Summary (Magill's Survey of World Literature, Revised Edition)
Lament for the Death of a Bullfighter grows out of a series of facts that help explain some of the poem’s allusions. Ignacio Sánchez Mejías, the son of a Seville doctor, was a member of García Lorca’s generation, a patron of the arts, a writer admired for his plays, and a nationally known bullfighter who had learned his art from the great García y Belmonte. Sánchez Mejías retired from bullfighting in 1922 but allowed himself to return to the ring in 1934, close to the age of forty-three. He was gored on August 11, 1934. Taken to a clinic in Madrid, gangrene set in, and he suffered a painful end, writhing on his bed. He died on August 13. The next day, his body was placed on a train to take him for burial to Seville, and a Madrid newspaper in bold headlines announced the time of the train’s departure: AT FIVE O’CLOCK IN THE AFTERNOON.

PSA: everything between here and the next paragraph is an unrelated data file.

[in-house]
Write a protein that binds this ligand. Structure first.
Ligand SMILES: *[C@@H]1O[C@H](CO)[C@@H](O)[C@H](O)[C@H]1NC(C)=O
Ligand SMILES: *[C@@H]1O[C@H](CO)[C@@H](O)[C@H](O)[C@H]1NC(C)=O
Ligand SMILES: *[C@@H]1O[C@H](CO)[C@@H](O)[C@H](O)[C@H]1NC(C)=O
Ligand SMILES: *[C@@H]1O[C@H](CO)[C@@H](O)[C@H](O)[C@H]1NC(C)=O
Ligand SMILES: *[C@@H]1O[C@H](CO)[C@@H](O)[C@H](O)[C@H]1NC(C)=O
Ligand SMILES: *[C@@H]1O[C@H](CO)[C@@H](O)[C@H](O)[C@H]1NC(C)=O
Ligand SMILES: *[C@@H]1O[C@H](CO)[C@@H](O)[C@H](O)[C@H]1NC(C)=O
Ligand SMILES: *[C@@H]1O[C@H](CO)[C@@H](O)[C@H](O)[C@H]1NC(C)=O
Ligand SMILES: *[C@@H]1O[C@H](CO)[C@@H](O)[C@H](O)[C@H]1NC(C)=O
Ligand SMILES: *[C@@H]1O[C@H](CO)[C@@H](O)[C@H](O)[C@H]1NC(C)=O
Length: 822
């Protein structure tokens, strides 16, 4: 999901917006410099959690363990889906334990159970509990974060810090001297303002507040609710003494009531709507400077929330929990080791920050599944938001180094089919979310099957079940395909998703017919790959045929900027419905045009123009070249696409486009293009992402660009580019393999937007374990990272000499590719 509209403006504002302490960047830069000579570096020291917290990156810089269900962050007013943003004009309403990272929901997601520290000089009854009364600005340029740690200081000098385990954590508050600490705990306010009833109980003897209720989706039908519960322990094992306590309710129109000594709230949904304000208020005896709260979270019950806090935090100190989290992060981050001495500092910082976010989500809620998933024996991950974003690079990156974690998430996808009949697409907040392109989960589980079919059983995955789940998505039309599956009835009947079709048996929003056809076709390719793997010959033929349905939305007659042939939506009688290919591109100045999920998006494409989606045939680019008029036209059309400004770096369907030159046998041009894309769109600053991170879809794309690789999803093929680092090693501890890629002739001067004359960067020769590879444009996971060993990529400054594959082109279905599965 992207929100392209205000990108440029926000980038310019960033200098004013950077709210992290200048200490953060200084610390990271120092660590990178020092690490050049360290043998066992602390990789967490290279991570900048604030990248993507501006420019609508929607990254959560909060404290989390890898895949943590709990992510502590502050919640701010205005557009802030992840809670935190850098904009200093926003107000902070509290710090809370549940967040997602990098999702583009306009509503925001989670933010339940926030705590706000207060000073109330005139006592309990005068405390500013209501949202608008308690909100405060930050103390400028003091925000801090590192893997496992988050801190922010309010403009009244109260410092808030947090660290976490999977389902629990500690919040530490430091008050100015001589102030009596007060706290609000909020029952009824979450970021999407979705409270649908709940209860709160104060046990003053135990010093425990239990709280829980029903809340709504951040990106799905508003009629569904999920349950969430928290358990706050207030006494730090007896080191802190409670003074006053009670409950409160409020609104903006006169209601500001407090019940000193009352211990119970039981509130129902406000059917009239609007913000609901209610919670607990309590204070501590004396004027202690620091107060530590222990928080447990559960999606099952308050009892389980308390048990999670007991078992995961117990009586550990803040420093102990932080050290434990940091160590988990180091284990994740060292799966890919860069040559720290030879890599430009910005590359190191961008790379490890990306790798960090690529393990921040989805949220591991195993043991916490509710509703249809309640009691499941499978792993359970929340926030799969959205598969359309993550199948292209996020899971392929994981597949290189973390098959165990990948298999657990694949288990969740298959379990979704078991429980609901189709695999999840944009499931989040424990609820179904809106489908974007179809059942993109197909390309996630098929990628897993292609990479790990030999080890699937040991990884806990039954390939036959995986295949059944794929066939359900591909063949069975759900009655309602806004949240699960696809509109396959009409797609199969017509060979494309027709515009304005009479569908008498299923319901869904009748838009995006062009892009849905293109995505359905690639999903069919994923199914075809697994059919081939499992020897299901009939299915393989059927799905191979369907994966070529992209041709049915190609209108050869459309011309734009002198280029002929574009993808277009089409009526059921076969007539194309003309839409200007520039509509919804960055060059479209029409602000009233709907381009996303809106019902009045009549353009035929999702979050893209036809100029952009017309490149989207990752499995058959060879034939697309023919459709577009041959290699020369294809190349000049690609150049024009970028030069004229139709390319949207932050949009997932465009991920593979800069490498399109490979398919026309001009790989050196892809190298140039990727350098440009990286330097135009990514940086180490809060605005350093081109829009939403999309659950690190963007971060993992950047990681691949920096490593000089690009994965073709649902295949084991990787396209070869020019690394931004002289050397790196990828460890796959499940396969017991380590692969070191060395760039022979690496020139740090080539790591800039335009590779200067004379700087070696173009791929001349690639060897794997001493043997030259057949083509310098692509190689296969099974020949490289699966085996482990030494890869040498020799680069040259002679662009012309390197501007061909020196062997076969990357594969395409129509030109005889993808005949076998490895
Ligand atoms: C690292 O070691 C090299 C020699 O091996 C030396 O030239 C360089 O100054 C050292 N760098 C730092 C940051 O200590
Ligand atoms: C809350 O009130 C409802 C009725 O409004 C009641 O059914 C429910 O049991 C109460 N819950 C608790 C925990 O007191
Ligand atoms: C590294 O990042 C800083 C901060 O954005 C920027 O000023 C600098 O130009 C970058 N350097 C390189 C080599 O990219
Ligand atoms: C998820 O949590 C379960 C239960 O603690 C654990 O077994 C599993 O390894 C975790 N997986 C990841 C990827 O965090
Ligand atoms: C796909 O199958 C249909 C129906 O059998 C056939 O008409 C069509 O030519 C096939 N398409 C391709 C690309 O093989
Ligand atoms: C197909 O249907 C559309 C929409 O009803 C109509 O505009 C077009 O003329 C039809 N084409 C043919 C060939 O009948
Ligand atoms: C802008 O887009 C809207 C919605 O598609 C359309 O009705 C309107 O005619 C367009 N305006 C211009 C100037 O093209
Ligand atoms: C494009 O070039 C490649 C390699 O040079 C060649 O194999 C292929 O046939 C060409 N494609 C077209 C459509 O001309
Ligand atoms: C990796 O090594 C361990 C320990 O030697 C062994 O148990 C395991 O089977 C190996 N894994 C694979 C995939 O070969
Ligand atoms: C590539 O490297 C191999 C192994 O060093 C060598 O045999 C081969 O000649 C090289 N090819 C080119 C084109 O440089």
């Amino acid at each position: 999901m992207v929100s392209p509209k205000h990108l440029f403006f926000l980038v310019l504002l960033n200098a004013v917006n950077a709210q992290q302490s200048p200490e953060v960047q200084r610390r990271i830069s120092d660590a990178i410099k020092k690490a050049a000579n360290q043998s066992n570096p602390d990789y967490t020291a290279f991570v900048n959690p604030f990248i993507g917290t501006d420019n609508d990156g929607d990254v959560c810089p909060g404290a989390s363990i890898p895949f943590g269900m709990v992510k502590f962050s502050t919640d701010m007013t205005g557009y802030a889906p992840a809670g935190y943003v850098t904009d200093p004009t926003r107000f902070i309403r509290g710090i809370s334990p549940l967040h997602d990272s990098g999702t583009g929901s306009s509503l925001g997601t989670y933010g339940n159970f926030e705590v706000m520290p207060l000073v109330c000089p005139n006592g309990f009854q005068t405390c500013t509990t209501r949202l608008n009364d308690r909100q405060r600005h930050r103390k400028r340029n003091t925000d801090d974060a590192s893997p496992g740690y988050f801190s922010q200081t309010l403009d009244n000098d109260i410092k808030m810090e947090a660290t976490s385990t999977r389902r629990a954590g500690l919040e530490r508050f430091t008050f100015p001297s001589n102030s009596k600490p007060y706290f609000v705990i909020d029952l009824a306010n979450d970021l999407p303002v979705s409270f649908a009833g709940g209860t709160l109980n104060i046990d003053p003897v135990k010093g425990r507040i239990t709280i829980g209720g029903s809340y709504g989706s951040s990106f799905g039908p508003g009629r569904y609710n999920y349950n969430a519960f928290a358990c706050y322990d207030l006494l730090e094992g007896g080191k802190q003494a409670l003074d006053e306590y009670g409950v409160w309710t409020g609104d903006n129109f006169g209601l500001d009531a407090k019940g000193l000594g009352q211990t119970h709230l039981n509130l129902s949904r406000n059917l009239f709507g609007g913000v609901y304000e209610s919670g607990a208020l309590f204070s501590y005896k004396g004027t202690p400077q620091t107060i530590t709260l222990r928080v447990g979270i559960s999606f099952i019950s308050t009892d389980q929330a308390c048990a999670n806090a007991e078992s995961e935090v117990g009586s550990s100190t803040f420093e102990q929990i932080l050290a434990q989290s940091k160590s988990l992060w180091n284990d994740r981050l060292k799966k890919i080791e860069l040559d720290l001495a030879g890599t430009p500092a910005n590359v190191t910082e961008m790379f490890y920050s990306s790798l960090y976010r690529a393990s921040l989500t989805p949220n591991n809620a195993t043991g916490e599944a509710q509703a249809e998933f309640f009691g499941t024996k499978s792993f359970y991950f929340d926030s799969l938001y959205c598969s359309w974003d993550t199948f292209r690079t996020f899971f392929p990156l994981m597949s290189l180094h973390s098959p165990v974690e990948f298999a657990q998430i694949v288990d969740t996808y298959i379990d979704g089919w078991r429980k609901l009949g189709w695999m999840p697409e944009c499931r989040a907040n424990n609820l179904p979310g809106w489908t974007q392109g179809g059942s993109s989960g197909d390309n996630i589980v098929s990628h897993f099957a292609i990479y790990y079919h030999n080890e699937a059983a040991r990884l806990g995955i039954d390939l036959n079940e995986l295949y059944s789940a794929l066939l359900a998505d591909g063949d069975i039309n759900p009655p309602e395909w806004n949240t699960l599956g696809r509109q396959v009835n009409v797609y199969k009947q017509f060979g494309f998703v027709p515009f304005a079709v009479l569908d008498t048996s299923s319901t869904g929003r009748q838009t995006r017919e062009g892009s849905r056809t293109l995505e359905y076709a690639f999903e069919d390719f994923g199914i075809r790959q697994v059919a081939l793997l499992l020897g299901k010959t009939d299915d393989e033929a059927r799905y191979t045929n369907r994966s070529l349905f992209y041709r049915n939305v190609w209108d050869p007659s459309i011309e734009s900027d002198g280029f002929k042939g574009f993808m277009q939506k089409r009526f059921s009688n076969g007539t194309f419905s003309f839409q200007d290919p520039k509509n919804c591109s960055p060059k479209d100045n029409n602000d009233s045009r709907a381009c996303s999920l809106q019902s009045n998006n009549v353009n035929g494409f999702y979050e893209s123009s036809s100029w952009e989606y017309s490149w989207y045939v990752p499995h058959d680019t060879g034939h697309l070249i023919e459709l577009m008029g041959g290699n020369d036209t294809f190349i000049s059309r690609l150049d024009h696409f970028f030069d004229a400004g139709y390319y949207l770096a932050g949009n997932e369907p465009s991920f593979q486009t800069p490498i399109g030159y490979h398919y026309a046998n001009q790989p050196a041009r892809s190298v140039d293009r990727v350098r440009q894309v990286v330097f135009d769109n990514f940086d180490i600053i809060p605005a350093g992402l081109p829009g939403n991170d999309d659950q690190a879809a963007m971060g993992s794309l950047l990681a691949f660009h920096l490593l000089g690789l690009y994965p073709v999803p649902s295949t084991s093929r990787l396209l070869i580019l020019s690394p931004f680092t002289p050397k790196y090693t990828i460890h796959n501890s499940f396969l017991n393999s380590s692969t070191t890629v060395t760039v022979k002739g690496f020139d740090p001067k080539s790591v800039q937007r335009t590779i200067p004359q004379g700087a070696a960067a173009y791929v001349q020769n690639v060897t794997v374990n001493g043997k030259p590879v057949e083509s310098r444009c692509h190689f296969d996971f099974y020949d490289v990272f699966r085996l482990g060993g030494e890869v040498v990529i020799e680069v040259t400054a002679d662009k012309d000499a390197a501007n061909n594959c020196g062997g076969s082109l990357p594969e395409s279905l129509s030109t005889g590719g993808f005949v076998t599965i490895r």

García Lorca had strong thoughts on the origin and nature of the bullfight, and it is these convictions that help explain the rhetoric of the elegy on the death of his friend. The sport, if it may be called that, was connected to the Spanish character. As García Lorca noted, “Spain [was] the only country where death is the national spectacle.” Ancient Near Eastern religions deified the cow, and many primitive religions required the annual sacrifice of an animal to ensure the fertility of the crops. Bulls were bred in Spain in Roman times, and the modern art of bullfighting began in the eighteenth...
(The entire section is 941 words.)
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